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NASC Services, Inc. v. Jervis

07-CV-5793 (U.S. Dist. Ct. N.J. 2008) (Unpublished)

NON-COMPETITION — Even if an employer’s ex-employees have signed a non-competition agreement, the employer will not be entitled to injunctive relief if the employer has no legitimate protected interest in preventing from its ex-employees from competing, especially if it was aware of their new employment for a substantial period before seeking emergent relief.

A business operating soccer camps filed a motion to preliminarily enjoin former employees from violating their employee/employer non-competition, non-solicitation, and non-disclosure agreements. The business provided soccer instruction to youths. All employees were citizens of the United Kingdom. The former employees were currently employed with another local business where they taught soccer.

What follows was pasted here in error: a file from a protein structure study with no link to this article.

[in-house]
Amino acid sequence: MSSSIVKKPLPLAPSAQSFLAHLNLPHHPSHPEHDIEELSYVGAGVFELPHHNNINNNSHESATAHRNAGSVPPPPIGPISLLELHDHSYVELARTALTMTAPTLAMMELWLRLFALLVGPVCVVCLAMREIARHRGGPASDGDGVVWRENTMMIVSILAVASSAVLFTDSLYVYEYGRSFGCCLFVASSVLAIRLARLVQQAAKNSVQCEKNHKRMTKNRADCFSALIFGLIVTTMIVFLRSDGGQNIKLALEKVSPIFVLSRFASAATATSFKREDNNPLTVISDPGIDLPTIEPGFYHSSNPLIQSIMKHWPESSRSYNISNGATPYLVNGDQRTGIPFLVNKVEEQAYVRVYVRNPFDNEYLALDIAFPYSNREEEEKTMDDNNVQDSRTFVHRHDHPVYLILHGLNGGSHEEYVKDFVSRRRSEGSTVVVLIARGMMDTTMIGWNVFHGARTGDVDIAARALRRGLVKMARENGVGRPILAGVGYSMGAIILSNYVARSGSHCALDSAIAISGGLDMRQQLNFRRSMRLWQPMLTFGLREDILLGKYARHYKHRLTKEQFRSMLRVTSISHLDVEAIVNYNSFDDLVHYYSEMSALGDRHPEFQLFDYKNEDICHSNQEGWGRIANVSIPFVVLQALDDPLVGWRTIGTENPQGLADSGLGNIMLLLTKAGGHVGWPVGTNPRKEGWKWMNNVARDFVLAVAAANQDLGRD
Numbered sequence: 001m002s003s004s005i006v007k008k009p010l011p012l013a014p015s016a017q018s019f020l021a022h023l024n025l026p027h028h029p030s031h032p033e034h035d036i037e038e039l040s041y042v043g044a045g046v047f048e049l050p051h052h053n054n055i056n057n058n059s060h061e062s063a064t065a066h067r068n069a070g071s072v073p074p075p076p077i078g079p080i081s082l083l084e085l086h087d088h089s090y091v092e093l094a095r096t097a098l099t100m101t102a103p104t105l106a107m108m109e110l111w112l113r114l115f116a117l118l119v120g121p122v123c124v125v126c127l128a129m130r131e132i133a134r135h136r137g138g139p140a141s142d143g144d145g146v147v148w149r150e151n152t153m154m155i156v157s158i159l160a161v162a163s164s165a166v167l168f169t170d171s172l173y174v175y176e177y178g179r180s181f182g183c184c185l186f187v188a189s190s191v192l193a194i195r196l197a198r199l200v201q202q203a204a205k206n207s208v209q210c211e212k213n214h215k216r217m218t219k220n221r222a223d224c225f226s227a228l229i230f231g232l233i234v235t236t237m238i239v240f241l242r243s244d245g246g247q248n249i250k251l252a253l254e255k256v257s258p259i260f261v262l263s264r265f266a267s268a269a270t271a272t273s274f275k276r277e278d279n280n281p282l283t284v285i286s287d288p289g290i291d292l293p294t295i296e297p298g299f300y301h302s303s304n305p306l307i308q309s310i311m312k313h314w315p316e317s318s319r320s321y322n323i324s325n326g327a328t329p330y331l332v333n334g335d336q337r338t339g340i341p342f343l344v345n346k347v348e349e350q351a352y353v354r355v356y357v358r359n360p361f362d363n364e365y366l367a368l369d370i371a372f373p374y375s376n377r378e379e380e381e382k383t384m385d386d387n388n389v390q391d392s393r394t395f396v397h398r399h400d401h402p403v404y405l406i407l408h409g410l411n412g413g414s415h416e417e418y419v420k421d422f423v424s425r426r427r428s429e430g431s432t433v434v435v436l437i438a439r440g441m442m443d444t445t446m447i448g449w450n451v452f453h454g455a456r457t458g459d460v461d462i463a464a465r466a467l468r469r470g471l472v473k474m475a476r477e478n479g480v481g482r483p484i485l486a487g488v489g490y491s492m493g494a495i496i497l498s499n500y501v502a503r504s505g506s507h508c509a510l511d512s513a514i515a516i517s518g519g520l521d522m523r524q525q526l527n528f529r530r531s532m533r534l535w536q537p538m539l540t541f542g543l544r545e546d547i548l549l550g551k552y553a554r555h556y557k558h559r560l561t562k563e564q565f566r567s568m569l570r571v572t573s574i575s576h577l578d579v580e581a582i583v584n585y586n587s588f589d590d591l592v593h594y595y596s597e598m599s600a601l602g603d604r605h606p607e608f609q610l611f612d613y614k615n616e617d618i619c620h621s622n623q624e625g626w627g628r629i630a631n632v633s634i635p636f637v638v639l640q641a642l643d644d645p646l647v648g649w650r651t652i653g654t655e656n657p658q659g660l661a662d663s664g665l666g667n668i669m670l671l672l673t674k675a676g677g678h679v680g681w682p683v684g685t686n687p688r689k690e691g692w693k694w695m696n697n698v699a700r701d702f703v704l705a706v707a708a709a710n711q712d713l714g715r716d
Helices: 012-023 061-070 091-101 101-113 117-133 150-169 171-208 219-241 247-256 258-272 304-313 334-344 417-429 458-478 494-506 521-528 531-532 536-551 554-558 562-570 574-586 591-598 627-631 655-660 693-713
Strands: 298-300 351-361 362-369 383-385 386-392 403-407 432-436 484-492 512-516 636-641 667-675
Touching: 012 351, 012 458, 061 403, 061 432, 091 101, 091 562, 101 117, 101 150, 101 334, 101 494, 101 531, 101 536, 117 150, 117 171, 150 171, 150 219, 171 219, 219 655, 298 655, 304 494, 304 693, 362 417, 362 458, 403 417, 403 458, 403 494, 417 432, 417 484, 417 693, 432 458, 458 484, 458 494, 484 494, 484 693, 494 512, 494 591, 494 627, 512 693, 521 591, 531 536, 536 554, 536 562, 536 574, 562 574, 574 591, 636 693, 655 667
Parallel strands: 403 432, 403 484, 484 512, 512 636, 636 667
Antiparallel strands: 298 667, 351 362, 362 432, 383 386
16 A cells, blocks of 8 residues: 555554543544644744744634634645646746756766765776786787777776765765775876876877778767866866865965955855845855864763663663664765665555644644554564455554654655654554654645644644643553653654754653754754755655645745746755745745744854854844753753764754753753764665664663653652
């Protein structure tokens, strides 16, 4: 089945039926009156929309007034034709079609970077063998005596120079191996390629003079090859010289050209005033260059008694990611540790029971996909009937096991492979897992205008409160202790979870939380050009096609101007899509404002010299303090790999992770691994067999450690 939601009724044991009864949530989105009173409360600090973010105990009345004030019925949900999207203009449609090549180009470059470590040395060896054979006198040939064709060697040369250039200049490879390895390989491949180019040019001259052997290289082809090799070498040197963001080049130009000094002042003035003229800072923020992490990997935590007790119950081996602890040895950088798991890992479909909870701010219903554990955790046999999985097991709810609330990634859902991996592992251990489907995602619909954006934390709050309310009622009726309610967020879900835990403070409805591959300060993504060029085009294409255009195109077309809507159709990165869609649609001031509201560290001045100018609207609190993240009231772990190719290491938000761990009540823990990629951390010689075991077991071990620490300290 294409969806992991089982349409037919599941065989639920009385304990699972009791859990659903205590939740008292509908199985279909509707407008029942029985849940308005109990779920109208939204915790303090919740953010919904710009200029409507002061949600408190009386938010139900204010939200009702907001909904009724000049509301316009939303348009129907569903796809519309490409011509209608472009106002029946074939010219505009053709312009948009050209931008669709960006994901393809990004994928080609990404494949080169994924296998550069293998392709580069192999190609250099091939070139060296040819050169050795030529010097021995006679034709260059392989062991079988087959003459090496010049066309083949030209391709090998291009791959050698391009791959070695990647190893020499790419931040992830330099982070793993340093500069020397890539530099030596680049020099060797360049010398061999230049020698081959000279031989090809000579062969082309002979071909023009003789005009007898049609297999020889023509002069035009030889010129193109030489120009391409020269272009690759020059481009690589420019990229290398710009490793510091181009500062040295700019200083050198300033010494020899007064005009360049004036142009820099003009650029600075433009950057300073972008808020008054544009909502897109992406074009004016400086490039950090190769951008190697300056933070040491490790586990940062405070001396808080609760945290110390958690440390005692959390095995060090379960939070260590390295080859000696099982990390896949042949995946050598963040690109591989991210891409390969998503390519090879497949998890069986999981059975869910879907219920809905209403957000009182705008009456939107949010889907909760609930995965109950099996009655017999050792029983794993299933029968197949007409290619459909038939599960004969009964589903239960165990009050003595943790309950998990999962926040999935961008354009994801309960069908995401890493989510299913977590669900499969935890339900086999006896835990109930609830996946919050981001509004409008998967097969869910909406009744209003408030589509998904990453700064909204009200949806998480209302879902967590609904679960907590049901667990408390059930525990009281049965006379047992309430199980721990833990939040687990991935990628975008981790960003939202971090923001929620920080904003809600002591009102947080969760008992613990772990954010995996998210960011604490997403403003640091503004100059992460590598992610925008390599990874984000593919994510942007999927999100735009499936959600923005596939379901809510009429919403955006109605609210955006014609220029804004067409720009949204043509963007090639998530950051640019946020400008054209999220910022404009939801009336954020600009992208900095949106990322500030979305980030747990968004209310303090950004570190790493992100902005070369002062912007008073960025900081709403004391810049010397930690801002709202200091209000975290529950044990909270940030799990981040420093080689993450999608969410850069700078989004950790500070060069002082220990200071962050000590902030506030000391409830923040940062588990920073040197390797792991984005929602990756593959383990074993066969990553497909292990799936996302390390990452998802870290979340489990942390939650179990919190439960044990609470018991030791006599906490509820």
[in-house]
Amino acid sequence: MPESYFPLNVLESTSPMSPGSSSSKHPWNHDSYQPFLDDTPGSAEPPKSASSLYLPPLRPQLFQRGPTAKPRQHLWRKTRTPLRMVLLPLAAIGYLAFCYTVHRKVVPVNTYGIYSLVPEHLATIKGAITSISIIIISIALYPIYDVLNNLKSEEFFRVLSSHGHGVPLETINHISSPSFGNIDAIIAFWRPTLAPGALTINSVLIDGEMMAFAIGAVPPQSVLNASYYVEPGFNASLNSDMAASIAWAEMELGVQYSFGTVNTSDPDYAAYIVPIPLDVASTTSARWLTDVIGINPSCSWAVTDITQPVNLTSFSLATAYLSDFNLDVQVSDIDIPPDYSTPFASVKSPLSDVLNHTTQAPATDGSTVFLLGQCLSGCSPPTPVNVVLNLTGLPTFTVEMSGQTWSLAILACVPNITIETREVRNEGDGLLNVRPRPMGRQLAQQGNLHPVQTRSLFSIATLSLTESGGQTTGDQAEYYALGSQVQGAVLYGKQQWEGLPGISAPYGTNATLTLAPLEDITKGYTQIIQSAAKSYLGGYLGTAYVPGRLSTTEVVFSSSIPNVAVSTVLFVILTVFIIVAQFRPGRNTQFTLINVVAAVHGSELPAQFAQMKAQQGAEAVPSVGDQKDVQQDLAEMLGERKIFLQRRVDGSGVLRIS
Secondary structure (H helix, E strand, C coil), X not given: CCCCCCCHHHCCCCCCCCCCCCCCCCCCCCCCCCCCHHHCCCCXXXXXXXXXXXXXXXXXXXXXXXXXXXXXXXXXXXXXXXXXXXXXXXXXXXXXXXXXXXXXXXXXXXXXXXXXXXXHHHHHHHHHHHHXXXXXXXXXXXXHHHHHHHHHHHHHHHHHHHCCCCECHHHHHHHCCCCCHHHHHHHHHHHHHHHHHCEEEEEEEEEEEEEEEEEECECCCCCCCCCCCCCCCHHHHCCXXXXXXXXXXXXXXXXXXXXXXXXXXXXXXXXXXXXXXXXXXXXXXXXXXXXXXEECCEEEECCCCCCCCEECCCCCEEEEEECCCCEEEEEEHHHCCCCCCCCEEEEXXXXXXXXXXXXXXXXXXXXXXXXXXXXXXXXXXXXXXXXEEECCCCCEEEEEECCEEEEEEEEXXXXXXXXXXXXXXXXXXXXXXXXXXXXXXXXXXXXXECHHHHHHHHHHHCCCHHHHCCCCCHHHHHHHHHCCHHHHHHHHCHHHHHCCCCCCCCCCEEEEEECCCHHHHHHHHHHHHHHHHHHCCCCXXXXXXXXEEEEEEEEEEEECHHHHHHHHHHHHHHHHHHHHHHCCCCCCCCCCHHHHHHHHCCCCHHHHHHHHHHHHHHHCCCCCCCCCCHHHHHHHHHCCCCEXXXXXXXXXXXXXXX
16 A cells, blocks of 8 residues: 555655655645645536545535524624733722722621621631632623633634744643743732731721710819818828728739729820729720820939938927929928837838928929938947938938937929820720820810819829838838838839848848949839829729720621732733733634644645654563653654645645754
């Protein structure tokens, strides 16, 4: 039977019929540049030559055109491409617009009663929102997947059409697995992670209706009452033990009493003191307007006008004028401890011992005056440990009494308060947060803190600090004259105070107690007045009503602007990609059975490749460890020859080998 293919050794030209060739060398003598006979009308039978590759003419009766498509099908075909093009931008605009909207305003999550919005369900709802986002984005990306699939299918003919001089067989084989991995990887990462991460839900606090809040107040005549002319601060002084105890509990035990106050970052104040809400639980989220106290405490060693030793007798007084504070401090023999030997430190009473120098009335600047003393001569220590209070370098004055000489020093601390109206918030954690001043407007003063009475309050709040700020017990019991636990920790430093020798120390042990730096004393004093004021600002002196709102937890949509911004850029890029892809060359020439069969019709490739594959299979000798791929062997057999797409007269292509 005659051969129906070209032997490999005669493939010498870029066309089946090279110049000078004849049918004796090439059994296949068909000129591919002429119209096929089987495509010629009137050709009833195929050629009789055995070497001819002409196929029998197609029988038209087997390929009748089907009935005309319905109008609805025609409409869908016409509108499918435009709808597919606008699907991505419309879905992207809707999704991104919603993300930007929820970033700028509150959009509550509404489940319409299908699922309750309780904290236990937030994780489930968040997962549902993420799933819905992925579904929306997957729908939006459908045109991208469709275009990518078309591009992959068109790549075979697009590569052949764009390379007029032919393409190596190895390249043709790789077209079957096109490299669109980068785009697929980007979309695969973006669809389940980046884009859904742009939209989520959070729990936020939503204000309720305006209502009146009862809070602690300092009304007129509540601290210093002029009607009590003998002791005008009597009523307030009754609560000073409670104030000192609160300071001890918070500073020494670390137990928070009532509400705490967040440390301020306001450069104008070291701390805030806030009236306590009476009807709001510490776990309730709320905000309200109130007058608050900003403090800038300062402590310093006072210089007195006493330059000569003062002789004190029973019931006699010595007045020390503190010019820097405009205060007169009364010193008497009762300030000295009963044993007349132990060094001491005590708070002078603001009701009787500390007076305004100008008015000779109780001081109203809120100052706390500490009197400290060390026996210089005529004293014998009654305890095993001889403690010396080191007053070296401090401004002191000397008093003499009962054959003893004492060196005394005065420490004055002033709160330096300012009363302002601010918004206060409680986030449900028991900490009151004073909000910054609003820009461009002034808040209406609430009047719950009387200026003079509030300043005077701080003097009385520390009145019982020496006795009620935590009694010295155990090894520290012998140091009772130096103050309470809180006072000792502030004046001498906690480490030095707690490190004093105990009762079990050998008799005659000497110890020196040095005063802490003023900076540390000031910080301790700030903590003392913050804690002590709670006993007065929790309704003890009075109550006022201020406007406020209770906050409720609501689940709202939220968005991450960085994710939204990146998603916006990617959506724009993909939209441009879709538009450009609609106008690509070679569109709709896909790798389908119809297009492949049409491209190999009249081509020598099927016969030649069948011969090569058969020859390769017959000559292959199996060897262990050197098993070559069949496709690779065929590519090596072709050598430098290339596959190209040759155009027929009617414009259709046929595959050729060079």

The Court engaged in an analysis to determine whether the agreements supported the business’s right to preliminarily enjoin the former employees from working for the competitor. The Court found that the former employees did not provide unique services and possessed no extraordinary skills that could harm the original employer if they continued to work for the competitor or for any other employer in the soccer industry. The Court simply found the business had no legitimate protected interest in preventing its ex-employees from continuing to teach children how to play soccer. The Court stated that the employees in their former business were not exposed to information that represented a trade secret. Additionally, the Court concluded that the business’s alleged client list contained names of area soccer clubs that might be interested in their services, a list that could be easily replicated from information taken from the Internet. Further, the Court found that the business could not demonstrate any imminent harm necessary to merit preliminary restraints. In fact, the business had known of the former employees’ new employment for several months before seeking emergent relief. Lastly, the Court found that a balancing of the equities favored the employees because their employment determined the length of their stay in the United States. Accordingly, the Court denied the business’s motion for preliminary injunction of the employees’ right to their continued employment.


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